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Apricot trees


by James Alexander-Sinclair

...[apricots] are the most divine fruit. Either straight off the tree slightly fuzzy, warmed by the sun, or in jams and pies.


Fruits on an apricot treeThere is a village near here called Aynho. It is a pretty village of the sort that you find all over England. Aynho has two main claims to fame: firstly that, after the Battle of Edgehill (during the English Civil War) King Charles I spent the night there and for that one night Aynho became the capital of Royalist England. The second is that many of the houses along the main street have thriving apricot trees trained against their walls*.

Apparently this is a practice that has been going on for hundreds of years. Apricot trees (Prunus ameniaca) grow particularly well there because of the south-western aspect and because, before the invention of the gutter, they got lots of rain - apricots need lots of water to prevent the fruit from splitting.

I mention this because more people should grow apricots. I have fond memories of an old apricot tree in my parents' garden in Wandsworth and my mother-in-law has a particularly good one trained against a wall. They are vigorous trees that get to about 3m but should be pruned like plums: never in the winter or during wet weather - for fear of silverleaf. Find them a sheltered place as they blossom quite early, so are a bit vulnerable to frosts. However, do not be scared off as there are lots of cultivars (some even from Canada) that are pretty tough - I particularly like 'Isabella' or 'Moorpark'.

Any aggravation is well worth it as they are the most divine fruit. Either straight off the tree slightly fuzzy, warmed by the sun or in jams and pies. They are much easier than peaches as they don't get the dreaded leaf curl.

Interestingly, there is a chap called Mark Diacono who has planted a lot of apricots on his farm in Devon (along with a lot of other unexpected things like pecans, olives, persimmons ans Szechuan peppers). He has had mixed success and writes about it very amusingly.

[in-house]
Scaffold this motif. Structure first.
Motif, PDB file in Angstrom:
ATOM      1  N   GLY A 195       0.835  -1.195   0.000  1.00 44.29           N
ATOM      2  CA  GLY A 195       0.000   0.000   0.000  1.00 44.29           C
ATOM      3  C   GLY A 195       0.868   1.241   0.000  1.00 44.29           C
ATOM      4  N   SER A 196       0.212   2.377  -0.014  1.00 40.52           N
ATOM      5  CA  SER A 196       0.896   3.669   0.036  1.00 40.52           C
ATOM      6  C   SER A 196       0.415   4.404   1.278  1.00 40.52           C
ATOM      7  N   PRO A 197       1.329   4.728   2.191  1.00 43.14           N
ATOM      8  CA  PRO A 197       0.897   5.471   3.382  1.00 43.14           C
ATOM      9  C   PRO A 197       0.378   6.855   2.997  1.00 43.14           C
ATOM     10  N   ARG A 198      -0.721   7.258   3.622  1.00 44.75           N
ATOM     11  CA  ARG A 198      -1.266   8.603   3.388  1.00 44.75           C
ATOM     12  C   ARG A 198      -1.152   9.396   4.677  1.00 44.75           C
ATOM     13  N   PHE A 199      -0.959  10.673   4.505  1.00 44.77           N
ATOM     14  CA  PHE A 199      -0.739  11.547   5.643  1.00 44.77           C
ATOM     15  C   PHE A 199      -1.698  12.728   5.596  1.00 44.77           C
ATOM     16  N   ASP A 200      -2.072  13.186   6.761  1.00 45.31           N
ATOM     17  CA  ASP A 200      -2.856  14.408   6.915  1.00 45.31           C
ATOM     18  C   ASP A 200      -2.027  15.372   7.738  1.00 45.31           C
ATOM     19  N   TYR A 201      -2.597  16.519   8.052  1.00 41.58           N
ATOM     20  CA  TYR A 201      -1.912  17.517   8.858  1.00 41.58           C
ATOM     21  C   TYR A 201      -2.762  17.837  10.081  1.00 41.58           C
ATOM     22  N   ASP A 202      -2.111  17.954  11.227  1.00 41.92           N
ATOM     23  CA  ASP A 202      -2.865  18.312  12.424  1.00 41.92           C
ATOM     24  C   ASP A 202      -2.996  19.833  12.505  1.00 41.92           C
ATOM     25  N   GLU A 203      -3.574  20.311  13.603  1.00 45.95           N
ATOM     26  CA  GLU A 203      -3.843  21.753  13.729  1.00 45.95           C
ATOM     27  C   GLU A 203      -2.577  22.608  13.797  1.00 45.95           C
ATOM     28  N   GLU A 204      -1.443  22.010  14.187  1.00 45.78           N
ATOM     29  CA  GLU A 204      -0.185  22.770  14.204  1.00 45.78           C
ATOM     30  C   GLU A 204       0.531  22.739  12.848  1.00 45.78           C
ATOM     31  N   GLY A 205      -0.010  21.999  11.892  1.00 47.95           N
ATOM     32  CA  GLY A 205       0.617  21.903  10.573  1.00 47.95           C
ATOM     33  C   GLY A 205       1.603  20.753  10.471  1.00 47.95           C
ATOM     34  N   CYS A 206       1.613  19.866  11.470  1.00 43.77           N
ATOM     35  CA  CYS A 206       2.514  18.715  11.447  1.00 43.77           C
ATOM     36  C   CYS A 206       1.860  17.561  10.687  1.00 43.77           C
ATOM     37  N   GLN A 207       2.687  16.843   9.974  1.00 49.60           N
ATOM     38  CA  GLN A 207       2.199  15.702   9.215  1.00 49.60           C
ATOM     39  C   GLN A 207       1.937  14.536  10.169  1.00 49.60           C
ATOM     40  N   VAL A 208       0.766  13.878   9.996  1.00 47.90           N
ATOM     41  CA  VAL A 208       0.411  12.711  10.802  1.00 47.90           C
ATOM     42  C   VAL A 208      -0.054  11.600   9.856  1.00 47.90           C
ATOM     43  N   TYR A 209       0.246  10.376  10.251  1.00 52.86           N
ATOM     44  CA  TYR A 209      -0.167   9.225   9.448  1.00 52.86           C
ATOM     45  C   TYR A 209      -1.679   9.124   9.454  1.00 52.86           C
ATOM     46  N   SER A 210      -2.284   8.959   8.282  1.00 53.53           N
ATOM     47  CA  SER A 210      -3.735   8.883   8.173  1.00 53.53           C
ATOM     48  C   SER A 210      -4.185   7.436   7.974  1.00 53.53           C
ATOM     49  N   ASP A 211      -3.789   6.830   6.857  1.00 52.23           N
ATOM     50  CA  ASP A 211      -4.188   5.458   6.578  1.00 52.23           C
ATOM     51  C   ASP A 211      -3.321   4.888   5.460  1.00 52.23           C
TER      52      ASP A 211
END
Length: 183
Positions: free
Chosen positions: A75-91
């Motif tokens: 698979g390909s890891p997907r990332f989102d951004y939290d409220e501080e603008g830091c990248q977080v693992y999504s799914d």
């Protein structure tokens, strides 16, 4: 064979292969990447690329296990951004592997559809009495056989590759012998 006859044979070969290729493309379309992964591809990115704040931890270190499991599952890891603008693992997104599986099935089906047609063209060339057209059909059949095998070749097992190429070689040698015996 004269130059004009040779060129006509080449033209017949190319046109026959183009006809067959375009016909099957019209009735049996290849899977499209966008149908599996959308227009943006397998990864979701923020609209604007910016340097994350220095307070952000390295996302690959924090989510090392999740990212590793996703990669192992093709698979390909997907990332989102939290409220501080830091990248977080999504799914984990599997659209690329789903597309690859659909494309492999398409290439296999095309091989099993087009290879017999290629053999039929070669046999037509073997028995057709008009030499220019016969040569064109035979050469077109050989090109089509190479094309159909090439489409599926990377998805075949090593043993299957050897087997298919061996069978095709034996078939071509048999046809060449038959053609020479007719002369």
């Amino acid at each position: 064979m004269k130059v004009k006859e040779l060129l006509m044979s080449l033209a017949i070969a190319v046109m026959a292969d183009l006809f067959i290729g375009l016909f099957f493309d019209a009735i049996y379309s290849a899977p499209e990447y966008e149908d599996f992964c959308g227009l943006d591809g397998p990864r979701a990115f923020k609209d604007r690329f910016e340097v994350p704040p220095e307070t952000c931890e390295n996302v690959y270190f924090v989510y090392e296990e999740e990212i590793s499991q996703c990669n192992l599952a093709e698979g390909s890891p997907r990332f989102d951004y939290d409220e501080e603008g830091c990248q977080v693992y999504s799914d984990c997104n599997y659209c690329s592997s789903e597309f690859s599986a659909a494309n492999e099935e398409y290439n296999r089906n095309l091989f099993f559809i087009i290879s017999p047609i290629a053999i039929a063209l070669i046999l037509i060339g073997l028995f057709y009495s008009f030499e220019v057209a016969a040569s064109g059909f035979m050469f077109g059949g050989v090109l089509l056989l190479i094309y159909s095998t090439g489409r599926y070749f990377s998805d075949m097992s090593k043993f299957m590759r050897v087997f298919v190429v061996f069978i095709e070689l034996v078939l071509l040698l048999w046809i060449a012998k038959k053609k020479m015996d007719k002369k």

* There is also a ladies' morris dancing group called The Aynho Apricots who are available for fetes and weddings.



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Gardeners' World Web User 21/07/2009 at 19:55

perhaps thin the fruit when they appear - a pair to a handspan perhaps, to give the rest a chance to grow fully and give them a little comfrey or seaweed feed every fortnight from flowering.

Gardeners' World Web User 21/07/2009 at 19:58

Lovely blog - and Im definitely off to Aynho for a look, thank you. Isabella and Moorpark are fine choices - maybe worth considering one of the ones ending in 'cot' (eg Flavourcot) if you live somewhere cooler as these flower a little later. Petit Muscat produces bunches of smaller fruit, almost like grapes, which are really good too

Gardeners' World Web User 24/07/2009 at 20:43

I used to have a lovely Apricot, one year it was so laiden with fruit it weakened the tree and the tree fell to its death,really sad. I now have a small tree hope it likes my garden as they need to be looked after, wondering whether to put it in the ground or leave in the pot.

Gardeners' World Web User 31/07/2009 at 07:44

Apricots are abundant in and around Mindya, unfortunatly not in my gardens. The ones we have been given are lovely, have made jam and pies. Dont you love this time of year

Gardeners' World Web User 22/06/2010 at 08:27

I have a lovely apricot tree in my small garden. However, the roots keep springing up shoots everywhere. Does anyone have any ideas how to prevent this. I don't want to go hacking around the roots without knowing what I'm doing as the tree is fairly large and I fear it may fall.

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